Officials bust Wildlife trafficking Rings
A pet langur monkey languishes in a cage. Photo Credit: Wildlife Friends Foundation Thailand
Another day, another major bust of wildlife traffickers. To wit: Wildlife and National Parks Department (Perhilitan) officials have busted a major network of trafficker who were operating via social media.
All we can say: Hallelujah!
In the latest crackdown on the exotic pet trade, Perhilitan officials nabbed a total of 11 people who were found to be buying and selling endangered species, many of them online. Officials also managed to rescue 50 animals from the traffickers’ clutches. “I believe we have crippled a major illegal syndicate selling wildlife through the social media,” Natural Resources and Environment Minister Wan Junaidi Tuanku Jaafar announced at a press conference.
Among the arrested traffickers nabbed on a single day in late March was a 36-year-old local woman who was arrested at her house in Ampang for having three civets, seven black langur monkeys and six leopard cats. Also nabbed was a Pakistan man, who was found to have two boxes full of juvenile black langur monkeys, which he was transporting on his motorbike. So, too, were five men, aged 21 to 25 years, who were travelling in two cars and were detained in Senawang, Negeri Sembilan, after officials found 28 Indian star tortoises and two hill mynahs in their possession.
“In the raid on March 27, seven people were arrested, for being a major supplier of wildlife, who are active in making online transactions selling wildlife illegally,” Wan Junaidi explained. “The Wildlife Department has been monitoring their activities for a long time and we believe we have managed to break the main syndicate involved in exploiting the social media for illegal wildlife trading in Peninsular Malaysia.”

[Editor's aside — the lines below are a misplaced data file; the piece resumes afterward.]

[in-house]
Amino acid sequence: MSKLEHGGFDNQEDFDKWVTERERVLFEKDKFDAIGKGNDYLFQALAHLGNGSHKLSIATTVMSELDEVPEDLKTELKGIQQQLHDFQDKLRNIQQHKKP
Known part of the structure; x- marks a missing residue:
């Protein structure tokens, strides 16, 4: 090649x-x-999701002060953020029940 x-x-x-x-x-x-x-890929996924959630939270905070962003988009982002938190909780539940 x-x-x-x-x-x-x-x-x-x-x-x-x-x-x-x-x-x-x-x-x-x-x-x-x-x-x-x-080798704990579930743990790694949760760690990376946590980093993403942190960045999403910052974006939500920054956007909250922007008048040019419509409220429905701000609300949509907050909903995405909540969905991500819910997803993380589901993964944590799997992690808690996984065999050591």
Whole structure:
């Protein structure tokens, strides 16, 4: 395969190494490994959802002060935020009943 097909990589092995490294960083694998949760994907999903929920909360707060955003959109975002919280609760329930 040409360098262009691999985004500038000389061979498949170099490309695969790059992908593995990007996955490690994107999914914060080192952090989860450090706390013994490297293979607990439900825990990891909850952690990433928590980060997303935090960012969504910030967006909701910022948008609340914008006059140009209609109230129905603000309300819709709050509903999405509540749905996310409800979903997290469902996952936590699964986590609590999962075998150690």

Complicating the work of wildlife officials is the fact that many people who buy and sell rare and protected animals online as part of Malaysia’s thriving exotic pet trade aren’t professional criminals. Rather, they’re citizens who seek to complement their income by engaging in the trade Most of them conduct their business online, in Facebook chatrooms and via messaging apps like WhatsApp.
According to the minister, people who buy and sell wildlife illegally even include children from well-off families who like to keep exotic animals as pets. That’s why improved environmental education is a must. Wan Junaidi has recently proposed adding environmental education to school curricula.
He has also called on citizens to stop selling and buying protected species. “The ministry is giving a strict warning to anyone who sells, keeps or owns wildlife without permission from the department, to stop doing so immediately or face legal action,” he said.
Hallelujah to that, too.